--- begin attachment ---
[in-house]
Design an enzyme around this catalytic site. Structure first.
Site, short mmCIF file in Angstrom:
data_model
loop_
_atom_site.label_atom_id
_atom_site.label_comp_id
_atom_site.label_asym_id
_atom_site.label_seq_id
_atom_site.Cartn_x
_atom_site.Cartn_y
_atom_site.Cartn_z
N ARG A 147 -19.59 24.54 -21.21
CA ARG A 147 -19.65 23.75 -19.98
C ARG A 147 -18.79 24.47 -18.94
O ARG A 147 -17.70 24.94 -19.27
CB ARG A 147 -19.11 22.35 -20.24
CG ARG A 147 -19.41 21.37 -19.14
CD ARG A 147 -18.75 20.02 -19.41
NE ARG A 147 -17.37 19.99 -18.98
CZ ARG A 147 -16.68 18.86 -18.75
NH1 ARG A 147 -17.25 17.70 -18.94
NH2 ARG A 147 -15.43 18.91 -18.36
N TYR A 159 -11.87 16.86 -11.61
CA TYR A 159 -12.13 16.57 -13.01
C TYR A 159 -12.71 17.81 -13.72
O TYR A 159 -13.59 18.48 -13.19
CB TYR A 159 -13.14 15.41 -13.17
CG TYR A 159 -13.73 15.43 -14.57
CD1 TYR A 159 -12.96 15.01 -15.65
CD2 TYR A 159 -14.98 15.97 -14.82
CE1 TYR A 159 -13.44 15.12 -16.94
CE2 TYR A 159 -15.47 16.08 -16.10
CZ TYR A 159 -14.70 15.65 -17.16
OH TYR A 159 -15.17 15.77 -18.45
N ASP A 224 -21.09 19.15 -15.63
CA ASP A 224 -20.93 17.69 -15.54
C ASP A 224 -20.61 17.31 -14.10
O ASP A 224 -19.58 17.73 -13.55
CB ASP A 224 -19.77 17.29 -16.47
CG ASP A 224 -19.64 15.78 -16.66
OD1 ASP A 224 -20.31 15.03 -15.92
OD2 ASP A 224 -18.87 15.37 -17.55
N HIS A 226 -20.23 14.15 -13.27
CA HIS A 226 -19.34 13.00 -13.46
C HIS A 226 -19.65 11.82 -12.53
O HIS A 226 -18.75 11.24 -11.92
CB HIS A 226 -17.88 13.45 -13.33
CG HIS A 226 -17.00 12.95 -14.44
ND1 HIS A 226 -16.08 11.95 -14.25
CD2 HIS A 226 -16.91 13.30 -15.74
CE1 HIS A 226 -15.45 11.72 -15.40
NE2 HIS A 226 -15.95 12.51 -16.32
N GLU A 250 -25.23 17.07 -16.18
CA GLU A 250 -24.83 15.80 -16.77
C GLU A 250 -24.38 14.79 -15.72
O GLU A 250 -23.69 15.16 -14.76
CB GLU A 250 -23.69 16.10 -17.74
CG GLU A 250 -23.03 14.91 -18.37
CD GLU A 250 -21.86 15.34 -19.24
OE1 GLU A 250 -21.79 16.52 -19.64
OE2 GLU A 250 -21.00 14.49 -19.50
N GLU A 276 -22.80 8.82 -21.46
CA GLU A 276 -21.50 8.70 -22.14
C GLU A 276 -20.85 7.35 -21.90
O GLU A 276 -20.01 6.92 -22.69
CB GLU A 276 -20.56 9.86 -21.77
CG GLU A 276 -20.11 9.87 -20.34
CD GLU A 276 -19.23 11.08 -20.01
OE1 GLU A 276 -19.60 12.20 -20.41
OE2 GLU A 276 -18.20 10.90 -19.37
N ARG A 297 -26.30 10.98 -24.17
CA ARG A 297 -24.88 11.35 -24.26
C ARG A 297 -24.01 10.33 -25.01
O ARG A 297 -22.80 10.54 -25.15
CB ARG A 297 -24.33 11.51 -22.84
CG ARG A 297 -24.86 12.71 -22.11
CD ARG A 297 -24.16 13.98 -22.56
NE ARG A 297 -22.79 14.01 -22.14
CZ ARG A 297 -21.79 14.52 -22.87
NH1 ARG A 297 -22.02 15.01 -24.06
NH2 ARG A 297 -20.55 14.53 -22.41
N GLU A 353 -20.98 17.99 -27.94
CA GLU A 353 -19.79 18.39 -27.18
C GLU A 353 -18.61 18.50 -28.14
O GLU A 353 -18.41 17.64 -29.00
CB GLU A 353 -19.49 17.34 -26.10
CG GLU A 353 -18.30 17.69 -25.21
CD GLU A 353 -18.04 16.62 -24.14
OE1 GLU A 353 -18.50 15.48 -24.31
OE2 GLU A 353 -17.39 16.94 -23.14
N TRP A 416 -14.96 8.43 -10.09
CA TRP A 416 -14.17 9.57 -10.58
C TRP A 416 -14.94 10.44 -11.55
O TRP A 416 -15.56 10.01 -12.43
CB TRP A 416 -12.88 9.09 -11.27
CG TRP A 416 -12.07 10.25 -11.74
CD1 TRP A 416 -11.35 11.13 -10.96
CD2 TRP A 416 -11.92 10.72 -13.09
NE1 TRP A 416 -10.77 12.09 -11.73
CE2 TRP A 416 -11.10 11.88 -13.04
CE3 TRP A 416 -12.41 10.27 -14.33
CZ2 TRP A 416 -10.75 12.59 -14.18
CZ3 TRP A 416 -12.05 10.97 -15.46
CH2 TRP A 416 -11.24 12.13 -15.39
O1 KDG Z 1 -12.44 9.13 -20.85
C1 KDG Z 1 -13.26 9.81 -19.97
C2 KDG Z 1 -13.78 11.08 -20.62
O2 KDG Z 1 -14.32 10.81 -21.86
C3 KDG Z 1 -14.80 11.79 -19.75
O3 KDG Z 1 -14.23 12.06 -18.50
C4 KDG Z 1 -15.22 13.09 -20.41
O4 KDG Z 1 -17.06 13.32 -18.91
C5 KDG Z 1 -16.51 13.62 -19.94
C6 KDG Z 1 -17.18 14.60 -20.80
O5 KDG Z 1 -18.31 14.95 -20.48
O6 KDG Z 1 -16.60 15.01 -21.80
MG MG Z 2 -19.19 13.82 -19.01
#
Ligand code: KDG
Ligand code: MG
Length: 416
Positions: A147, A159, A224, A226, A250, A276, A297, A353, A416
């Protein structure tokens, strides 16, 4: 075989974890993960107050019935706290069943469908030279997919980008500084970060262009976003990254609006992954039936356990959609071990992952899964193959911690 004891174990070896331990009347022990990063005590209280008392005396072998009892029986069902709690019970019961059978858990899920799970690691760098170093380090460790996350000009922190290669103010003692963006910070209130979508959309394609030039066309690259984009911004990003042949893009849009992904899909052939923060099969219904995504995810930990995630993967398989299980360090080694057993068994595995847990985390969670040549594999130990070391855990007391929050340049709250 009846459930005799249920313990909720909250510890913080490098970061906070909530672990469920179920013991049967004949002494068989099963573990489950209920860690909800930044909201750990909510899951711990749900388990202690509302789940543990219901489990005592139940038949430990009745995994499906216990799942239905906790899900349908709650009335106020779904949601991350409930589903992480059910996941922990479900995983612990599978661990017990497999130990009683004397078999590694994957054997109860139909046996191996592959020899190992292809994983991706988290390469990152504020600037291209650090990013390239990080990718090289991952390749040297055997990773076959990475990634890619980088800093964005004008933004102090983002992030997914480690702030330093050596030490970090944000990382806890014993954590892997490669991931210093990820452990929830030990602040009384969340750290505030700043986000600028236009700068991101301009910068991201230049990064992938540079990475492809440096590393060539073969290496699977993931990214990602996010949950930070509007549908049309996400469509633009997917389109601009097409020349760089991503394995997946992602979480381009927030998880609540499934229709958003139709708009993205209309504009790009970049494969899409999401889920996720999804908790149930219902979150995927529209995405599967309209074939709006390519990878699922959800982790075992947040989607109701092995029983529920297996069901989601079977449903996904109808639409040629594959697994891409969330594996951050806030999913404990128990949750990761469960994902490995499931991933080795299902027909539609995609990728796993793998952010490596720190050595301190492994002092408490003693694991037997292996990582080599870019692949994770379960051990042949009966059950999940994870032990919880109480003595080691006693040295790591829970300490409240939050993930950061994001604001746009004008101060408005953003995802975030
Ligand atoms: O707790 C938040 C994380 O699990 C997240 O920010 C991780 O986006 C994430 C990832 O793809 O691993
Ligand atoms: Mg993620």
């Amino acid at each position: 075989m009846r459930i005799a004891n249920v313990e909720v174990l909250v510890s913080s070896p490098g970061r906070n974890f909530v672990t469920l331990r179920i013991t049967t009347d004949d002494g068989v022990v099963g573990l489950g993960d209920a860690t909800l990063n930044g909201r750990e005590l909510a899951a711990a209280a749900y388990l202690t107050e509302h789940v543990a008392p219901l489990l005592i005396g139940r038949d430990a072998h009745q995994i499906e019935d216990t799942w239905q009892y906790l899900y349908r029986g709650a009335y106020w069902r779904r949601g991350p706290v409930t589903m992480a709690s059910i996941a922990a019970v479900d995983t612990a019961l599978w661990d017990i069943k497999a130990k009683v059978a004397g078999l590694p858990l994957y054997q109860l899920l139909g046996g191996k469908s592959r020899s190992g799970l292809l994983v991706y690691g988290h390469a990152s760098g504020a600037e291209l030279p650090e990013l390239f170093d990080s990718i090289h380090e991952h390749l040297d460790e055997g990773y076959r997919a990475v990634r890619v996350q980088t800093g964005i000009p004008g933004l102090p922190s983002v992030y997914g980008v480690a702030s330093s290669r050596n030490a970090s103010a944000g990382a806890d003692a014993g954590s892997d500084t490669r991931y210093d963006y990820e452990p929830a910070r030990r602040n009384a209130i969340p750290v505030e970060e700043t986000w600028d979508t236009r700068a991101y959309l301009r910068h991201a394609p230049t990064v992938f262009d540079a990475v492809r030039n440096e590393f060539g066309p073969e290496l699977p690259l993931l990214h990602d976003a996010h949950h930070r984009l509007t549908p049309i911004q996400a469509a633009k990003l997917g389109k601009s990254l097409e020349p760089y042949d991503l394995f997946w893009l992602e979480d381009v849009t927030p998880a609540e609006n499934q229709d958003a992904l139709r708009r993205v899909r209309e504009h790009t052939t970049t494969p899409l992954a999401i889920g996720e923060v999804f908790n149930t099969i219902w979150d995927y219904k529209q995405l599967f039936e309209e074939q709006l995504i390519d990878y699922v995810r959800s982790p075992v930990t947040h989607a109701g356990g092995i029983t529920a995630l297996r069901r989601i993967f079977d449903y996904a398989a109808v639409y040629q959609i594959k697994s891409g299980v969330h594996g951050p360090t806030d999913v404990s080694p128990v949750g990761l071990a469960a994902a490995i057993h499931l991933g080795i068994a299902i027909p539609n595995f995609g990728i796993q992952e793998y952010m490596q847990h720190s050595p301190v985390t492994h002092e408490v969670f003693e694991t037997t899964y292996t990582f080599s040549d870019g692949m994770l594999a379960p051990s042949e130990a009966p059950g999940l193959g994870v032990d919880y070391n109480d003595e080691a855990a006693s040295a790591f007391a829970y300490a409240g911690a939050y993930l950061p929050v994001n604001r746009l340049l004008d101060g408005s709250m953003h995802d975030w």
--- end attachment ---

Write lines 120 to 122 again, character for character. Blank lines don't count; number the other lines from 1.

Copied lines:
Ligand code: KDG
Ligand code: MG
Length: 416